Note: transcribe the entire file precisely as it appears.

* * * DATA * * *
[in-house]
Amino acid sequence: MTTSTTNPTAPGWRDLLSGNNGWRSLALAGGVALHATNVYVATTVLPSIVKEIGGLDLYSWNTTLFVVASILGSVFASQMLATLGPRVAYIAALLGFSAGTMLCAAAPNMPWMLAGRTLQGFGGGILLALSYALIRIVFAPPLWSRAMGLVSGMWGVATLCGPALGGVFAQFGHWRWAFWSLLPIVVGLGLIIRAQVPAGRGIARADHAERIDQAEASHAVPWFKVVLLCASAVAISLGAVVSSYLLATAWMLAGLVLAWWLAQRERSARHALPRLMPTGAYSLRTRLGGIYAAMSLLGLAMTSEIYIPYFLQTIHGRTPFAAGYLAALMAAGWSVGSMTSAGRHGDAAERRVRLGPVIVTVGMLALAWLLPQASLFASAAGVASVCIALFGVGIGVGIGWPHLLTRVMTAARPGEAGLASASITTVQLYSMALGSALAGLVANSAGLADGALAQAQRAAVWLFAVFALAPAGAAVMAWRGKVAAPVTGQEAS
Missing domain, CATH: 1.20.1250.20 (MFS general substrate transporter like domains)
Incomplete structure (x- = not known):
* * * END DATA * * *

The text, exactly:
[in-house]
Amino acid sequence: MTTSTTNPTAPGWRDLLSGNNGWRSLALAGGVALHATNVYVATTVLPSIVKEIGGLDLYSWNTTLFVVASILGSVFASQMLATLGPRVAYIAALLGFSAGTMLCAAAPNMPWMLAGRTLQGFGGGILLALSYALIRIVFAPPLWSRAMGLVSGMWGVATLCGPALGGVFAQFGHWRWAFWSLLPIVVGLGLIIRAQVPAGRGIARADHAERIDQAEASHAVPWFKVVLLCASAVAISLGAVVSSYLLATAWMLAGLVLAWWLAQRERSARHALPRLMPTGAYSLRTRLGGIYAAMSLLGLAMTSEIYIPYFLQTIHGRTPFAAGYLAALMAAGWSVGSMTSAGRHGDAAERRVRLGPVIVTVGMLALAWLLPQASLFASAAGVASVCIALFGVGIGVGIGWPHLLTRVMTAARPGEAGLASASITTVQLYSMALGSALAGLVANSAGLADGALAQAQRAAVWLFAVFALAPAGAAVMAWRGKVAAPVTGQEAS
Missing domain, CATH: 1.20.1250.20 (MFS general substrate transporter like domains)
Incomplete structure (x- = not known):